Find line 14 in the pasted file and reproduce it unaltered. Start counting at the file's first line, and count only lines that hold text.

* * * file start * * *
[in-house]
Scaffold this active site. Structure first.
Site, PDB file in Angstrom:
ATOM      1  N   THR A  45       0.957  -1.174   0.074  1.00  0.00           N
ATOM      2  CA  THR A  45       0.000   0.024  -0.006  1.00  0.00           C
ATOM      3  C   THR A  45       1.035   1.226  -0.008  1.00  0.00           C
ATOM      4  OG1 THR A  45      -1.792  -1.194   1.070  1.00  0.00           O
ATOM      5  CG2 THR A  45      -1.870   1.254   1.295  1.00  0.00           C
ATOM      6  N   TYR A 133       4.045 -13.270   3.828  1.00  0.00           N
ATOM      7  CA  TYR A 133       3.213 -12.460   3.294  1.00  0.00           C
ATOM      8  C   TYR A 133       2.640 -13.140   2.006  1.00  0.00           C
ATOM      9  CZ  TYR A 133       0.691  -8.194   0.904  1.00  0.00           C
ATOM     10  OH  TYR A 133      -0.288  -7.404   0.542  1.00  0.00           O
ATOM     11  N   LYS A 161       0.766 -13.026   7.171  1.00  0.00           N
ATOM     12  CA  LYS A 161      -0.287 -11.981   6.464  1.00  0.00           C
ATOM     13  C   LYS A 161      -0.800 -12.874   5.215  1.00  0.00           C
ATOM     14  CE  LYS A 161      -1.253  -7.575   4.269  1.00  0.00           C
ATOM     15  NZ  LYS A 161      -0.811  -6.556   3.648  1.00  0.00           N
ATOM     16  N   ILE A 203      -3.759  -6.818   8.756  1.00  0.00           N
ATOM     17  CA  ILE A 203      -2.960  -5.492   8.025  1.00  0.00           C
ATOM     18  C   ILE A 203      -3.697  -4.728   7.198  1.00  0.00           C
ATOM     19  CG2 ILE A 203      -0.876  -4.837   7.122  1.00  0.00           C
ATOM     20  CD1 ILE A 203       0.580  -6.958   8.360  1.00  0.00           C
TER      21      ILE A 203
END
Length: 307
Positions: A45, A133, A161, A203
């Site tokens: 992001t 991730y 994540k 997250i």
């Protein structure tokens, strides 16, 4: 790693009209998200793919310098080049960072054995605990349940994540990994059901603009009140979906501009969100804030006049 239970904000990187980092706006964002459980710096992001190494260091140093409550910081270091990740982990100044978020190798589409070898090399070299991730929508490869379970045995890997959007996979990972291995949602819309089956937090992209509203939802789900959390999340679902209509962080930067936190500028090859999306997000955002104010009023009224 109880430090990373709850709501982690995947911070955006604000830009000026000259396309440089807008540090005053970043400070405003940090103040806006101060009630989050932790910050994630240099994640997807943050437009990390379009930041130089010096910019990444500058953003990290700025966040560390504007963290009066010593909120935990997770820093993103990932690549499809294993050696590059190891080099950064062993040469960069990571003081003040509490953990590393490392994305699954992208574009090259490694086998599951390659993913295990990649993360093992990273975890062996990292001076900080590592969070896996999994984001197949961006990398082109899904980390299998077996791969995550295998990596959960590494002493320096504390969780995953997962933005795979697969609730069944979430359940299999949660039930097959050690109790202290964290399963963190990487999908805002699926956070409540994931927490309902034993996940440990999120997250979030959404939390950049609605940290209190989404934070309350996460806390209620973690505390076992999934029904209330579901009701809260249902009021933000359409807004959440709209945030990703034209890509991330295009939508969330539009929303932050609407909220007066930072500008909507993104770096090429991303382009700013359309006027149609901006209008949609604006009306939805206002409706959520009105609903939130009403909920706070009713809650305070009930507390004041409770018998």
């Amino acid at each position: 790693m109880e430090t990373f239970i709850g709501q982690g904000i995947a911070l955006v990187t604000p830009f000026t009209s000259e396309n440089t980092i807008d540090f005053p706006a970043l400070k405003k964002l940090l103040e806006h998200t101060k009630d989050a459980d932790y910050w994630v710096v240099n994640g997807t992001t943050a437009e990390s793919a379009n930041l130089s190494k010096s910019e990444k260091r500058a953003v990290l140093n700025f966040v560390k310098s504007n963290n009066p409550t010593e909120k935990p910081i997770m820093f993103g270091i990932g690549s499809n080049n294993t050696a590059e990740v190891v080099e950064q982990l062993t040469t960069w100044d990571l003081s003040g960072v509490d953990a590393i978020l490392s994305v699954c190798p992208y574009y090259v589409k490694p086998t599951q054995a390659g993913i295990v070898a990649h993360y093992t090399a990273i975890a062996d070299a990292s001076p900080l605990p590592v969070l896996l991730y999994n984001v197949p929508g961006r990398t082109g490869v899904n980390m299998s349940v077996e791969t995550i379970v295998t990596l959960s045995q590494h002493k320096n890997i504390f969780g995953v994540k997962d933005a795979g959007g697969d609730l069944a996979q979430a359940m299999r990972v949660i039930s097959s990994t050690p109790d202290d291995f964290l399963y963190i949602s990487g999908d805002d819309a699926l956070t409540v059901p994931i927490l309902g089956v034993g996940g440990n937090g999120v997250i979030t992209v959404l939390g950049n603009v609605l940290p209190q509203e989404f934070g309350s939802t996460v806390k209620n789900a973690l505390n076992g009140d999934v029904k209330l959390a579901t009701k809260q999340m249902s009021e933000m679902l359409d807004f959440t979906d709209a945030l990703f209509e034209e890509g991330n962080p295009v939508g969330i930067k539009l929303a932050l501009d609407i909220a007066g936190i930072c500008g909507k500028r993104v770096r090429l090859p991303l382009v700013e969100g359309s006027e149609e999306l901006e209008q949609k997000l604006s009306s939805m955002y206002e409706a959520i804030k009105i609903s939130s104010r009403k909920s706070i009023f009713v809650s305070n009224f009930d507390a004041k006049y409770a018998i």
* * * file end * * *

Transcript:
ATOM     11  N   LYS A 161       0.766 -13.026   7.171  1.00  0.00           N